Fried chicken in an old bucket from the ‘60s? Where do we sign up?
In what would seem to be an ongoing global quest to conflate Colonel Sanders with Santa Claus, KFC has announced that restaurants in the U.S. will be serving up fried chicken in replicas of its “iconic” holiday-themed buckets from 1966 en 1971, complete with imagery of Colonel Sanders in a Santa hat.
“KFC bucket meals have been bringing people together around the dinner table for more than 60 jare,” said Andrea Zahumensky, the chief marketing officer of KFC U.S. “Even though the holidays may look a little different this year, we hope our holiday buckets help everyone hark back to a simpler time and bring some comfort and joy to your homes and your families throughout the season.”
KFC’s vintage buckets, which will be available in limited quantities starting on Nov. 24, are said to be recreations of both the 1966 en 1971 containers “down to the smallest detail,” which means the 1966 bucket even includes a tagline not used since that decade: “North America’s Hospitality Dish.”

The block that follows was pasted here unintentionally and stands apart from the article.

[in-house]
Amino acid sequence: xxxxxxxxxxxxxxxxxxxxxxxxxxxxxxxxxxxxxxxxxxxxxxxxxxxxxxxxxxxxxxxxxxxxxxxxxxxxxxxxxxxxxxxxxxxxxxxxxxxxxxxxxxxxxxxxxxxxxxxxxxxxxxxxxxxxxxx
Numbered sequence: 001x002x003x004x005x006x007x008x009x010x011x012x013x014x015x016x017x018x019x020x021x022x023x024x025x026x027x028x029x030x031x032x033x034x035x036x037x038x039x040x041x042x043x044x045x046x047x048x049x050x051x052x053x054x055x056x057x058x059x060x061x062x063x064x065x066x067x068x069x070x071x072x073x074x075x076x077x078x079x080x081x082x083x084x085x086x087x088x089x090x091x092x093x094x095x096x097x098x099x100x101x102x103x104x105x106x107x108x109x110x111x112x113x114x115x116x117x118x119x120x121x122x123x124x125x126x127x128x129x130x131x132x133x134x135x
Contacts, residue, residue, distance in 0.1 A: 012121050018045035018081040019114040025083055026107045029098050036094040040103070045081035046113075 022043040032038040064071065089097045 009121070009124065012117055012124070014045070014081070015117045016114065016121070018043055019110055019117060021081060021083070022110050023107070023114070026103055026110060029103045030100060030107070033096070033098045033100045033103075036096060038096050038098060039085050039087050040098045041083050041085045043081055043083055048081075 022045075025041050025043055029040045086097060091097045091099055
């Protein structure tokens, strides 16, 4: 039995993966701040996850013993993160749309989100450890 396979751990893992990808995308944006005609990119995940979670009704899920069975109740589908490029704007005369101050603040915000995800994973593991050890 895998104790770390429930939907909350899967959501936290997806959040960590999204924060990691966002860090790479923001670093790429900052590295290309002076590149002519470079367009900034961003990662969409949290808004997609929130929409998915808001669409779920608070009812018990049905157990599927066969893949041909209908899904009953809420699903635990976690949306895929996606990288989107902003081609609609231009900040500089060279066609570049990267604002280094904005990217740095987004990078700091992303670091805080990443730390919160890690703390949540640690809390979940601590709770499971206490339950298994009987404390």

Fans who miss out on the 1966 and 1971-inspired buckets will instead be treated to an all-new vintage-style bucket, which features the same Santa-hat-wearing Colonel Sanders, albeit with other “modern” designs.
“Fans can complete their holiday tablescape by collecting all three buckets in the 2020 holiday collection,” KFC wrote in its press release, essentially revealing its hopes that we’ll all consume three separate buckets of chicken between Nov. 24 and Christmas, and then want to save those greasy empty buckets for posterity.
KFC has a long history of Christmas campaigns, but nowhere are the brand’s efforts more visible than in Japan, where KFC has become the go-to restaurant for Christmas dinner. Accounts on the origin of this practice differ, although it’s generally agreed upon that KFC began advertising its fare as a traditional Christmas food sometime in the 1970s.
Takeshi Okawara, the manager of KFC’s first Osaka location and later the head of KFC Japan, has even fessed up to misleading the country’s consumers into believing Americans eat fried chicken on Christmas, eis he told this “lieg” on a national TV program in the early ‘70s when his restaurant was struggling.
“I still regret that,” he told Business Insider in 2018.